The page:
Don't laugh at the PM, it's hard to look human during a photo shoot
Here is some news that will have you choking on your morning Irish coffee (it is St Patrick's Day, after all).
This week, the Office of the Prime Minister released some photos of General Prayut Chan-o-cha that absolutely chilled me to the bone. I believe the mot du jour is "it triggered me", but allow me to use a more traditional and sensible analogy.
They were a series of pics of the prime minister in relaxed poses and postures -- a far cry from the usual image we have of him in a stern, staid, military outfit. Prayut staring lovingly at the camera. Prayut, arms crossed, mid-guffaw. Prayut in a baseball cap pulling up the collar of his shirt, which I have dubbed "Prayut In Da House".
I get it. They show a side to the prime minister we haven't seen before during his five-year rule; that is, human. They're nice. So why did they chill me to the bone? I'll tell you why. He and I share the same photographer.
I know it's him. The photographer, I mean. The background is the same. I recognise it. I recognise the studio. The poses are exactly the same ones I was forced to assume. Even the facial expressions: the happy-go-lucky, impish grins conveying a personable and benevolent uncle or, depending on which side of the political fence you sit on, autocrat.
And behind the mugging to the camera, if you look carefully you can see the strains of impatience and annoyance. Been there. Done that.
This is not about the prime minister. This is about me. A couple of years ago I was faced with a minor dilemma. I remember the day clearly: I was sitting in my office working flat out when my general manager and artist appeared out of nowhere.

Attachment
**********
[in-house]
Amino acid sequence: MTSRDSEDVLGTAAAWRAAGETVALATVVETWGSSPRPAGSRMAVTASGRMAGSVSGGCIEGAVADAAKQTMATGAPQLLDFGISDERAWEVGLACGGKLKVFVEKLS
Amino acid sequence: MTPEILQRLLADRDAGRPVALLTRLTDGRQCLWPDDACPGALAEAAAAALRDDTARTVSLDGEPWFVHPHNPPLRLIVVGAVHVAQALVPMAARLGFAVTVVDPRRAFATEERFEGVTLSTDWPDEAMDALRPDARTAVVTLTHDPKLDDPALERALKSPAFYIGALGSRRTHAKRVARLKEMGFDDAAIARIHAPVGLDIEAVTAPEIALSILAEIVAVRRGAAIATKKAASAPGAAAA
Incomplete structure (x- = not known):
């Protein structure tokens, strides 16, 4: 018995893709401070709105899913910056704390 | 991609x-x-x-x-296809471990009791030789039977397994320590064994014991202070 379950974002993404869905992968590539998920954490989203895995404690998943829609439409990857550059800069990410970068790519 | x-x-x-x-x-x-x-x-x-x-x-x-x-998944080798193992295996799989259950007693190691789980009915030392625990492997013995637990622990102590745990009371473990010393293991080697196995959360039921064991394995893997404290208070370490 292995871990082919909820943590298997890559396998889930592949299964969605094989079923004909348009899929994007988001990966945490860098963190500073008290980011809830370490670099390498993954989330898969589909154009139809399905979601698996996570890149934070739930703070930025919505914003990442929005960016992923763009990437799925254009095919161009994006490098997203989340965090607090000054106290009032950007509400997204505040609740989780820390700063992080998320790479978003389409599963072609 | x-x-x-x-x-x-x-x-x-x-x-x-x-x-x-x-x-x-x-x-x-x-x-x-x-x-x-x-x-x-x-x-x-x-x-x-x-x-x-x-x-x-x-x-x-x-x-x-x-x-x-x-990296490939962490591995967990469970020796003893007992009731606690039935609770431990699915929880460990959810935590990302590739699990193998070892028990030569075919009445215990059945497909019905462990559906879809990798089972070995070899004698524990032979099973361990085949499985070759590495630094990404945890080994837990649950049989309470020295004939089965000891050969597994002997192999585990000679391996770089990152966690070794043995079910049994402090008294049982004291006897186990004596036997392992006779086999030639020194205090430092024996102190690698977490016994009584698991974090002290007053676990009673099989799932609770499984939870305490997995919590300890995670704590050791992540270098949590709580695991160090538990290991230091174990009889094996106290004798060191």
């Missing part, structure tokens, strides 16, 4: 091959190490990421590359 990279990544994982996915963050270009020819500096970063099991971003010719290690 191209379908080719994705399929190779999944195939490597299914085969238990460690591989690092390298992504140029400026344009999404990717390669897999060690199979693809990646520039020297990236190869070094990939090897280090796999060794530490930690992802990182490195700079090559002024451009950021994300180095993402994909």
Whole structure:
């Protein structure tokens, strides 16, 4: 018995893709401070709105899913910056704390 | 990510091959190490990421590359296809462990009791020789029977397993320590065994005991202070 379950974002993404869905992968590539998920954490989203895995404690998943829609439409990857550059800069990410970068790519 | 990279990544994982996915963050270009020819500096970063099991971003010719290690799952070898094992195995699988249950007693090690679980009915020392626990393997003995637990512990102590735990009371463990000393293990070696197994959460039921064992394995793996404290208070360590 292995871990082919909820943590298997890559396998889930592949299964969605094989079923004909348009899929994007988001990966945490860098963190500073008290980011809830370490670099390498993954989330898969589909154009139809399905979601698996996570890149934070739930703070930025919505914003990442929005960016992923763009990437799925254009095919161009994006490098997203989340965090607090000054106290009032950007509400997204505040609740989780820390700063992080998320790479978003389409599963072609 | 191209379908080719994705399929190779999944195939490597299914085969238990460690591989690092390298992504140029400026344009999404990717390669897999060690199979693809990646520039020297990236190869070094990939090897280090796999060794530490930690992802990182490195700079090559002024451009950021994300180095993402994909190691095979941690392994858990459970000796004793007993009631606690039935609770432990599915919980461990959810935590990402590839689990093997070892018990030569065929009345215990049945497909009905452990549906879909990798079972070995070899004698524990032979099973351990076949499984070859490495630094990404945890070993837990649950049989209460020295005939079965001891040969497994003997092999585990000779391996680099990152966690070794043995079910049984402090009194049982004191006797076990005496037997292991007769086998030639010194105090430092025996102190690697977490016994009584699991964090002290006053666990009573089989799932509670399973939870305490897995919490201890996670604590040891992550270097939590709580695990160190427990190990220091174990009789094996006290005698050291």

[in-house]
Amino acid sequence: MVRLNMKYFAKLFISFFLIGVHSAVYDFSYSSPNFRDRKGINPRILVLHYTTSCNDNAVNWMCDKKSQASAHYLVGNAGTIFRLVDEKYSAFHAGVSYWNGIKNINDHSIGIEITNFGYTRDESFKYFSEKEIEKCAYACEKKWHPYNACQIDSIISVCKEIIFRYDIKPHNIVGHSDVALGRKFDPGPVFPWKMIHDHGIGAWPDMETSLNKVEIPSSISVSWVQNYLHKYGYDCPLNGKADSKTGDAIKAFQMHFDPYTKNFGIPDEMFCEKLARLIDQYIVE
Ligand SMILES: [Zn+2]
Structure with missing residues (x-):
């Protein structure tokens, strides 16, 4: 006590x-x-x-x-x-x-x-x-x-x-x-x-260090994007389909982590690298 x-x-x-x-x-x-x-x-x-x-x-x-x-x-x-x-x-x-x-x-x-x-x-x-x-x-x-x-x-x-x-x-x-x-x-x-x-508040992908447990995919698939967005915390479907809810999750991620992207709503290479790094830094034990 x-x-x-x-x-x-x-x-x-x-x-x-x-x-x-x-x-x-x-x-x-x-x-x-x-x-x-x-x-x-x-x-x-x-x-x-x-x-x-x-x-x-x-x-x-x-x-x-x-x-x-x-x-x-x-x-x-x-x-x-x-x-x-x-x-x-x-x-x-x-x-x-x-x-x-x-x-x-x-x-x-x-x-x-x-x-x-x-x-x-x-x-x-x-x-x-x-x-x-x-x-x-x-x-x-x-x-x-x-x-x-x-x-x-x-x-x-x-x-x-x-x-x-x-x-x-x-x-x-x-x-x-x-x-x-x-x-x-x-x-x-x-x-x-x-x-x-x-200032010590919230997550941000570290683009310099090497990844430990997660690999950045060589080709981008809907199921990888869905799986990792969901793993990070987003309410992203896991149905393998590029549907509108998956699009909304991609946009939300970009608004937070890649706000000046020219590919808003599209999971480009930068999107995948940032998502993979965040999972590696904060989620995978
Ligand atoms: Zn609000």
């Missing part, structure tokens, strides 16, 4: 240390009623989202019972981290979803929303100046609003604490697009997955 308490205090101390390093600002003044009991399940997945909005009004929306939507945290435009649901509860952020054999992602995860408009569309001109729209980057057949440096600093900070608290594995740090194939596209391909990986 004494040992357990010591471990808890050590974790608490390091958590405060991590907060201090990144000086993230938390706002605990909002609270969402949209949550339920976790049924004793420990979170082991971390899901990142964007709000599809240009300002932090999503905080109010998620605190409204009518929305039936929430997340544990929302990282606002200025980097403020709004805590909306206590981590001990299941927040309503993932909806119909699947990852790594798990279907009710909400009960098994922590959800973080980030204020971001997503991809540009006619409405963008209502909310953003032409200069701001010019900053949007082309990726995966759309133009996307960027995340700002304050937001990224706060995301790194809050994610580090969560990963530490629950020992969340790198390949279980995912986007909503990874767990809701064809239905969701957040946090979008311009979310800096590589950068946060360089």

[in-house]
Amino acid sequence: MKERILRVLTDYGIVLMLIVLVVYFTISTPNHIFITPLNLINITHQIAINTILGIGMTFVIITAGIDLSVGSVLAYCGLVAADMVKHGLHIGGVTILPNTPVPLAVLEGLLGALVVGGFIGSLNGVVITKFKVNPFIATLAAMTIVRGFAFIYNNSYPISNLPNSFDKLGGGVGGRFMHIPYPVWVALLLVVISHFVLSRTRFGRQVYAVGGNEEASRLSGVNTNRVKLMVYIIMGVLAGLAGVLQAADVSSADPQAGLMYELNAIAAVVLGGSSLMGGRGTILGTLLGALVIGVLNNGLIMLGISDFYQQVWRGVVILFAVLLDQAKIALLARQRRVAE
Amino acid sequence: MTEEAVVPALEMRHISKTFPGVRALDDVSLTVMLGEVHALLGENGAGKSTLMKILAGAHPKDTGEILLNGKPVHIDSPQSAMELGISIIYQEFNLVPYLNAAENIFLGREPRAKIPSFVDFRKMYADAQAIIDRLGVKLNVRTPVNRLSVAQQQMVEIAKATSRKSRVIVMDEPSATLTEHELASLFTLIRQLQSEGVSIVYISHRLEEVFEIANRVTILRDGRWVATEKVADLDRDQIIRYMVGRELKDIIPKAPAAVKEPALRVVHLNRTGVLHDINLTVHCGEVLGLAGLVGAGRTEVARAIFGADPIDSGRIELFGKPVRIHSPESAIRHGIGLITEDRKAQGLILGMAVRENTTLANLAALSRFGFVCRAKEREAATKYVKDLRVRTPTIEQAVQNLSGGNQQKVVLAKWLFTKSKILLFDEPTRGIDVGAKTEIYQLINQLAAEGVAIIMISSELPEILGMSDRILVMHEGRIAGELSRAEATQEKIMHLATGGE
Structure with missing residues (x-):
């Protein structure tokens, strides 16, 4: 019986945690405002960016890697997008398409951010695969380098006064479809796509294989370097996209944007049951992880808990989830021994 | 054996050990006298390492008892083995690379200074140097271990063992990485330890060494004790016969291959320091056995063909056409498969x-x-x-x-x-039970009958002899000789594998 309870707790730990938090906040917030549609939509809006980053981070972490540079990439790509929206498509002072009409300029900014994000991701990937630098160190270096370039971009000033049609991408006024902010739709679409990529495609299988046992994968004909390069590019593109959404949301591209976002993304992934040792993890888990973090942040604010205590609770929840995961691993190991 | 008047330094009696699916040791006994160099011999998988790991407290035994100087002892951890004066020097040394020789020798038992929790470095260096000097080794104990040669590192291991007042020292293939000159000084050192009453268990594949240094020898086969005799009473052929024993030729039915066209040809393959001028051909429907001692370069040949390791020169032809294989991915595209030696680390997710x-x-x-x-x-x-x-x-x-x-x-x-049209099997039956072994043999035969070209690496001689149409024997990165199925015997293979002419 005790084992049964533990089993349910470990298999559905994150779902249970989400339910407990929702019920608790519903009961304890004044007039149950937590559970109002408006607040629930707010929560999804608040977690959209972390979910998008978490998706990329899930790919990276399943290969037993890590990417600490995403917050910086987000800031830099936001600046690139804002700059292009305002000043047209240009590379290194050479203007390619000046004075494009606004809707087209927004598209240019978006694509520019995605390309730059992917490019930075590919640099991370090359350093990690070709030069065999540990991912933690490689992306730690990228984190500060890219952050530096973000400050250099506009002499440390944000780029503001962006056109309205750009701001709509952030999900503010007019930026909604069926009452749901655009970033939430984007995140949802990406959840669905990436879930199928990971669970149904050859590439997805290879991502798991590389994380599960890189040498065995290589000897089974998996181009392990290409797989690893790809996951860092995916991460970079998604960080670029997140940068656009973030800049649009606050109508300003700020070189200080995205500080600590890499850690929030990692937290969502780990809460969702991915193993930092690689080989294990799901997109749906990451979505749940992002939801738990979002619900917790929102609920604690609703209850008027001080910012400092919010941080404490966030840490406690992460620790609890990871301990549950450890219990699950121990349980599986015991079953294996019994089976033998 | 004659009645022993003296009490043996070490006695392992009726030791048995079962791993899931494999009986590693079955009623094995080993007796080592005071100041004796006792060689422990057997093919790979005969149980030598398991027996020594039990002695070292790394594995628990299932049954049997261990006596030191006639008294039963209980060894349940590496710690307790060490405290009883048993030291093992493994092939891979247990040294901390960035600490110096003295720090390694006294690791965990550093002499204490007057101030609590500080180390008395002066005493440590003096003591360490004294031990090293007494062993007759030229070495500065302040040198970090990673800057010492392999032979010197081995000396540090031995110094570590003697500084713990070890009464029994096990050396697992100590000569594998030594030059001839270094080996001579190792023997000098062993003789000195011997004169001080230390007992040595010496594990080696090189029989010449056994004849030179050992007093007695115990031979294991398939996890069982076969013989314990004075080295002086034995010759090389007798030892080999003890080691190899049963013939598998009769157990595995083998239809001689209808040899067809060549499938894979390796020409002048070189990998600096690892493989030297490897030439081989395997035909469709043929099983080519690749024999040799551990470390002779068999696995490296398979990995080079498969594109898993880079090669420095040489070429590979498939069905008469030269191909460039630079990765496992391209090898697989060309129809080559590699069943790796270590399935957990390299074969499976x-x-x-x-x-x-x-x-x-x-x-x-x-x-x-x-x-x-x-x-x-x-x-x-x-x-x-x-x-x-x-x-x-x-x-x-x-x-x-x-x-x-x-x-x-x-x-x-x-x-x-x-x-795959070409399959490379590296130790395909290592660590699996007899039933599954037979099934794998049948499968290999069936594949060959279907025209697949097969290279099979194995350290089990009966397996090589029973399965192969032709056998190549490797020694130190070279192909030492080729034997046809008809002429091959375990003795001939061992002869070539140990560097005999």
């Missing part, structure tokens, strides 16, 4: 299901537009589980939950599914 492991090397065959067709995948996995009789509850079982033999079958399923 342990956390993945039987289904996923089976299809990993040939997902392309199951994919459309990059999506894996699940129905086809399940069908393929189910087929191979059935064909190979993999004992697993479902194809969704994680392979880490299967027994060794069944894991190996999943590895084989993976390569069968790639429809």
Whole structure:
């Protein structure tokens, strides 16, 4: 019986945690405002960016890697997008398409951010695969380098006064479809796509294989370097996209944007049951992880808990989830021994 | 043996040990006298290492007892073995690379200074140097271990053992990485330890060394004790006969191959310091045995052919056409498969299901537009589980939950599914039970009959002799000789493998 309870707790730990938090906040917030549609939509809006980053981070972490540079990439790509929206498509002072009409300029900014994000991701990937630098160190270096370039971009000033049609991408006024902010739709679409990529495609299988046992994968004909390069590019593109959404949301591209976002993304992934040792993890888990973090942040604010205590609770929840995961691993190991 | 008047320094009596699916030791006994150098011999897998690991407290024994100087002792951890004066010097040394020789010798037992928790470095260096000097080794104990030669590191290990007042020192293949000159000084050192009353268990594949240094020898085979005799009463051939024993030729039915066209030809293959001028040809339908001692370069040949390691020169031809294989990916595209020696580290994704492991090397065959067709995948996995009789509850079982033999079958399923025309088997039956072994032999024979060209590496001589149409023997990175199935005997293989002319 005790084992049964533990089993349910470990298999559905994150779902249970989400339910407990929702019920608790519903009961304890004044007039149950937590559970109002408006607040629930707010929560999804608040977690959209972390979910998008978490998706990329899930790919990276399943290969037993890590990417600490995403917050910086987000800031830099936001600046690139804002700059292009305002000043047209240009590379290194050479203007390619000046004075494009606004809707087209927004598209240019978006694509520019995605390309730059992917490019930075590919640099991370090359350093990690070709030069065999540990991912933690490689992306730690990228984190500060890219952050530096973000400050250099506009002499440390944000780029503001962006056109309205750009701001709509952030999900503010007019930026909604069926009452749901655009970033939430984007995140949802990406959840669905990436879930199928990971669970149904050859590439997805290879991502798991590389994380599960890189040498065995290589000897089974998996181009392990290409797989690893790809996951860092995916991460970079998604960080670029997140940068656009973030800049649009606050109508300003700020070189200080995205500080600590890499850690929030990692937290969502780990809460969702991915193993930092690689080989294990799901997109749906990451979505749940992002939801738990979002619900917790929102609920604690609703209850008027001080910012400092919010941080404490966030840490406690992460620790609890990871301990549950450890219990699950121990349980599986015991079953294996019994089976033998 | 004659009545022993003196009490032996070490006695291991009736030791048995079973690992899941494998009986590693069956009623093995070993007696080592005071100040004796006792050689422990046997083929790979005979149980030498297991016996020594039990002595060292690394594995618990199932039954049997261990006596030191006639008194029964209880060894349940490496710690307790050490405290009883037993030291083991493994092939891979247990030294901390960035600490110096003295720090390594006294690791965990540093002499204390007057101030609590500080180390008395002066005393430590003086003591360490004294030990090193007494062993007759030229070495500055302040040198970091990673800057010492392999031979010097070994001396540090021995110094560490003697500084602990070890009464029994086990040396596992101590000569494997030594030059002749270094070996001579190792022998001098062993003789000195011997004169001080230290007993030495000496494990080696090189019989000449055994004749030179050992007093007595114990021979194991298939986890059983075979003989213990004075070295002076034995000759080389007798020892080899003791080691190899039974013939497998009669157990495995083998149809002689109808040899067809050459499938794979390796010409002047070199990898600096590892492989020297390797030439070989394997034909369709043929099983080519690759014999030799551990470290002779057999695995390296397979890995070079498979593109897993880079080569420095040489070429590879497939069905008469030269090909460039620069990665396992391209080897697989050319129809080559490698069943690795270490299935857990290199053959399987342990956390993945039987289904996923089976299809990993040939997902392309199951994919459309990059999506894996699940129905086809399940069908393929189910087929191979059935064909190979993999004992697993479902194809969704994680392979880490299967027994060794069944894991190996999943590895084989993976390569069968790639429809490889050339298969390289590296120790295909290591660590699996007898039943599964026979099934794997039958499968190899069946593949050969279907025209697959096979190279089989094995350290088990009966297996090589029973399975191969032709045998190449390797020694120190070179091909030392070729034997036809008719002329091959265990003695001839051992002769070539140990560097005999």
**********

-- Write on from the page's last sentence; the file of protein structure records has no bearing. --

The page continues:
"What can I do for you?" I asked, quickly putting away the Bangkok Post's cryptic crossword. We were in the throes of opening a new branch of my language school. I figured it was something to do with that. She cleared her throat.
"We need some new pics of you," she said. A sinking feeling immediately.
I hate getting my photo taken. Like you, dear reader, when faced with a group photograph of which I am a participant, I go straight to myself and start subconsciously listing all my physical shortcomings.
But marketing departments require updated pictures. Back when I was doing morning TV some 10 years ago, this was a regular occurrence. Until my general manager and artist walked in, I'd got away with exactly zero photo shoots since that time, utilising pics for book covers and events from old shoots. That was about to change.
"We think the pics we use of you now are rather… old," she said, delicately.
I understood what she meant. After more than a decade, despite tsunamis of self-delusion, it was starting to stretch it a bit to use a 2003 pic of me for an upcoming seminar when it was now 2015. Even I was beginning to notice the surprised looks on the faces of seminar attendees -- a look that seemed to say: "Are you the father of that young bald man?"
And so, they booked a time for the photographer. I hated the whole experience. This is not a slur on the photographer, who was very professional and accommodating. But he was also relentless.